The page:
See Complex Image Accessibility for images that cannot be adequately described sufficiently in alternative text.


Screen reading software allows a user to hear a list of all the links on a page at once.  This helps the user find a specific link quickly. If the link is some indecipherable URL or ambiguous phrase like, “click here” the screen reader user will not know where that link goes.

To write meaningful link text that indicates the link’s destination:

  1. Type out text that describes the destination of the link. Example: Portland Community College.
  2. Select the text.
    location of Insert Link button in the toolbar across the top of your Google Doc
  3. Select the Insert link button (Ctrl/Cmd + K).
    • Alternatively, you can go to the Insert menu and click the Link option, or right click on the selected text and click Link.
  4. The Link window will open. Type the URL of the webpage in the Link field. For the example above, we would type out, “”. Alternatively, you can copy/paste the url of the website from the address bar of your browser.
  5. Then click the OK button to save the link.
Hyperlink Tips
  • If you think students will be printing the document and you want them to have the URL, put it in parentheses after the link, but don’t let Google Docs automatically create a link.
Create data tables with Column Headers

Designating column or row headers in a table is essential to screen reader users understanding how the information is laid out. Google Docs doesn’t allow you to designate column or row headers, so keep your tables small so they are understandable without headers.

Ensure proper reading order in tables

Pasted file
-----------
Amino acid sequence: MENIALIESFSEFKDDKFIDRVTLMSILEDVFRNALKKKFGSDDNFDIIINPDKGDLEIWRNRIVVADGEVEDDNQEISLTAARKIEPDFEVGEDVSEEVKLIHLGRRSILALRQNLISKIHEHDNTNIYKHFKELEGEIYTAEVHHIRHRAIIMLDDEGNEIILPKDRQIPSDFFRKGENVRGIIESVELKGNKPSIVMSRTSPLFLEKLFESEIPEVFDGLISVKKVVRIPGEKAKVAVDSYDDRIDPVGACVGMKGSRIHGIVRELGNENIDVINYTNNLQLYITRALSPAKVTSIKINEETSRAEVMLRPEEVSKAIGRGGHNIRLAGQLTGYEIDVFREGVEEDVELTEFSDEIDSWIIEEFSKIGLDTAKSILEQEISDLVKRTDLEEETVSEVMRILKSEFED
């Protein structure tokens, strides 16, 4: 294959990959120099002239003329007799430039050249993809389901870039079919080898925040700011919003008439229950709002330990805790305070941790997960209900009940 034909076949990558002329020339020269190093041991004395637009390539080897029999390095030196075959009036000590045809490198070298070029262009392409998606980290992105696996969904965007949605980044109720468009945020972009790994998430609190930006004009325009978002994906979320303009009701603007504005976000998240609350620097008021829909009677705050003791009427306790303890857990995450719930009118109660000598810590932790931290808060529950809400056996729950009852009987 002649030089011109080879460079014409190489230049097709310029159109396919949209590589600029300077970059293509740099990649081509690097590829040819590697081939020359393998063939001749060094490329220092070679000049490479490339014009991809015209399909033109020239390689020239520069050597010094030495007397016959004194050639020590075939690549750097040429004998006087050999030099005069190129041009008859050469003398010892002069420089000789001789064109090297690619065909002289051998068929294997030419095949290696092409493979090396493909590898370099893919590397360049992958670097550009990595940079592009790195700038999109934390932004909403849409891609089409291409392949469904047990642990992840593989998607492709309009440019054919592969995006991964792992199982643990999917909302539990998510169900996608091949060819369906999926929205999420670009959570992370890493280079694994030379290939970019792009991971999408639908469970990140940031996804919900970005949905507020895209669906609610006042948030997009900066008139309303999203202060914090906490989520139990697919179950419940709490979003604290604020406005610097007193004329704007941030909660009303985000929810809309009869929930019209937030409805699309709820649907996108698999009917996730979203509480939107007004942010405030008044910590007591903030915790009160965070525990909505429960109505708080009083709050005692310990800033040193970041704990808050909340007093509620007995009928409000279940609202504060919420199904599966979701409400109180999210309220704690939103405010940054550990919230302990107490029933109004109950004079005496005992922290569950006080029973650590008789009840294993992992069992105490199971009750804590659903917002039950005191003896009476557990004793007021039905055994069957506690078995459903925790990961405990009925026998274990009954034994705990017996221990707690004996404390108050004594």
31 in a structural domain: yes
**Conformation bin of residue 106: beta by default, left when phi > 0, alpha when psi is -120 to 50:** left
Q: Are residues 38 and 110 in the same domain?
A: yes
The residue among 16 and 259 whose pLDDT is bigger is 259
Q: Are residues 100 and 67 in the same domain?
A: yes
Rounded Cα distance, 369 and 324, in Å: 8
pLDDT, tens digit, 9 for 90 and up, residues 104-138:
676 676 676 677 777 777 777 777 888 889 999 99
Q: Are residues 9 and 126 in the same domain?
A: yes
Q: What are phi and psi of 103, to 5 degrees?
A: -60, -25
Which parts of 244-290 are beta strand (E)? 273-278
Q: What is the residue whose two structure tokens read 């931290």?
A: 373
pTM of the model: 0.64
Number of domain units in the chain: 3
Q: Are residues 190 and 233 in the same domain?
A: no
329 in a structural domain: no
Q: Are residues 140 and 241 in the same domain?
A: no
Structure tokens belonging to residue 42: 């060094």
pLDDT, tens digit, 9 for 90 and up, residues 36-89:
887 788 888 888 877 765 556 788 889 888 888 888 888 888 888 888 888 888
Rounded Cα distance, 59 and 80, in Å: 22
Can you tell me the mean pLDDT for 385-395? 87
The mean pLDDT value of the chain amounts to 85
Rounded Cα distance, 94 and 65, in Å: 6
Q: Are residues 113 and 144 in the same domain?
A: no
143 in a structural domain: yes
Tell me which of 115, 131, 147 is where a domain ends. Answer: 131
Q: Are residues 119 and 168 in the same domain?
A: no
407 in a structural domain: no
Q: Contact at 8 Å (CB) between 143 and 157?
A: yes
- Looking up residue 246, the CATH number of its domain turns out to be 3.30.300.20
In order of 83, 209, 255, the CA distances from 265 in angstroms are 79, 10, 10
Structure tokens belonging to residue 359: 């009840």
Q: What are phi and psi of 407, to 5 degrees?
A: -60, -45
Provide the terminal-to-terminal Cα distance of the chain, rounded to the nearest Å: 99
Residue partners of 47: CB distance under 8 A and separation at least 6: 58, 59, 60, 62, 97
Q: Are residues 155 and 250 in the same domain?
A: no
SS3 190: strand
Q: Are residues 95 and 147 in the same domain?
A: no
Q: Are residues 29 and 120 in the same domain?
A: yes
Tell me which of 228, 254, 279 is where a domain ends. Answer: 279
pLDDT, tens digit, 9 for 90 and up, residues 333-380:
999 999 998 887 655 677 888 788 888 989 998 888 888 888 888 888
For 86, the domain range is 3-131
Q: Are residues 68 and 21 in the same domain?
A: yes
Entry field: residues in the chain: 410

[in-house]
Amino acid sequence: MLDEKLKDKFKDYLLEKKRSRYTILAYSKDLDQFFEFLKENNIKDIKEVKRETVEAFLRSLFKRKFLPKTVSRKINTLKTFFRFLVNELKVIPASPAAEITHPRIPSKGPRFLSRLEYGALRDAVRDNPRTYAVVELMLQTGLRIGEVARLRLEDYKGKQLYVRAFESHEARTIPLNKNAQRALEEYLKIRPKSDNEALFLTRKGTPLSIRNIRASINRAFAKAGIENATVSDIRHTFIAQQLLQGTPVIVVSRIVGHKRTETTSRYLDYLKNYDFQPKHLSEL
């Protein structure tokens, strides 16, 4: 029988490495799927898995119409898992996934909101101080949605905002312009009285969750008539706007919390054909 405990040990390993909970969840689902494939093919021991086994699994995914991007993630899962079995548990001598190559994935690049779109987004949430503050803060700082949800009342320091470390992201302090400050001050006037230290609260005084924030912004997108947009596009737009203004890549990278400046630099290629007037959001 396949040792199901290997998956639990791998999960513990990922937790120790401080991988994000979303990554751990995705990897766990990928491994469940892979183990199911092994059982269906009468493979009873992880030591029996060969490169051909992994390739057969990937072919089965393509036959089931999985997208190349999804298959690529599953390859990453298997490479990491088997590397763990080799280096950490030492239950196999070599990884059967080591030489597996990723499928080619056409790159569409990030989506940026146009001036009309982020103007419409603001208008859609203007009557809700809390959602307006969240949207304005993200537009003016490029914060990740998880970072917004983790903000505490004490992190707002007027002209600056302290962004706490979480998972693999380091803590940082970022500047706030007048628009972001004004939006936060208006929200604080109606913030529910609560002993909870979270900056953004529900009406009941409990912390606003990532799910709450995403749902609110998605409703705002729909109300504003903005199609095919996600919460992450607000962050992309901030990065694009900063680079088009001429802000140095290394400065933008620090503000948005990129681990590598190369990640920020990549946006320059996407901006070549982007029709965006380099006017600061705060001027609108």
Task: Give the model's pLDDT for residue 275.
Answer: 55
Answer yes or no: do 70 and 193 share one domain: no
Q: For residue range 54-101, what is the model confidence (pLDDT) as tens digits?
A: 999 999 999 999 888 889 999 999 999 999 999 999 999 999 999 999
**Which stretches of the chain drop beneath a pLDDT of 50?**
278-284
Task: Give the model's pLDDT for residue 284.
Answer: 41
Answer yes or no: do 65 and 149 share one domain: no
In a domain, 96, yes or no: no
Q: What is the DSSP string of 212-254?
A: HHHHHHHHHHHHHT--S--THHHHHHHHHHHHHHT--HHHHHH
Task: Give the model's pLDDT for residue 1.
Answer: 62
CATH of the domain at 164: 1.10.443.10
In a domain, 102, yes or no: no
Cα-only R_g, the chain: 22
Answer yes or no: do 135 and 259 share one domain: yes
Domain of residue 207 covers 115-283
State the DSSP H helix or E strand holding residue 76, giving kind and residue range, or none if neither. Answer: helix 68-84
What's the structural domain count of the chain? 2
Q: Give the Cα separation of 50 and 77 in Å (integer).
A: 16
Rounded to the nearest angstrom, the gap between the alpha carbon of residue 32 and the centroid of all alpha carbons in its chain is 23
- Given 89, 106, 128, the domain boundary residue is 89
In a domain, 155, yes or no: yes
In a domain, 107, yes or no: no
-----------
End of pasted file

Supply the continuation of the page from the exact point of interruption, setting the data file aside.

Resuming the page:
Screen readers read tables from left to right, top to bottom, one cell at a time (no repeats). If cells are split or merged, the reading order can be thrown off.

To test the reading order of your table, place your cursor in the first cell of the table. Now press the Tab key repeatedly to navigate through the table. This will be the reading order that assistive technologies will use.

Merged, nested, and split cells change the reading order of tables. Make sure you construct your table in a way that accommodates good reading order.


Don’t use color alone to make a distinction, a comparison, or to set something off or apart from the rest of the document. If you categorize something by color alone, those who are color blind or blind will not be able to benefit from the information.

Use sufficient Color Contrast

Make sure there is enough color contrast between foreground (font) color and background color.

If you print your color graphic on a black and white printer, would it be understandable? Without sufficient color contrast, people who are color blind will not be able to benefit from the information. Keep in mind that PCC’s standards are to pass the WCAG 2.0 AA standard.

How-to Install and Use the Colour Analyzer tool
  1. Download Colour Contrast Analyzer Tool
  2. Open the Colour_Contrast_Analyzer application
  3. Make sure you are in the Result — Luminosity mode, not the contrast result for color blindness.
  4. Click the Foreground eye dropper tool, hover over and click the foreground color to select it.
  5. Click the Background eye dropper tool, hover over and click the background color.
  6. If you have a 12 pixel font color you are testing for color contrast, you must get a Pass (AA). If you have font larger than that, you must get a Pass (AA) in the Large Text field.

VideoHow-to Install the Colour Contrast Analyzer
VideoHow to use the Colour Contrast Analyzer tool


Math and Science equations and formulas cannot be written accessibly in Google Docs. See Math & Science accessibility page

Additional Resources
Accessibility Checker for Google Docs

Grackle Docs is an accessibility checker for Google Docs. It’s an Add-On for the Chrome browser. Download the Add-on and then in any Google Doc, go to the Add-Ons menu and select Grackle Docs and then select Launch.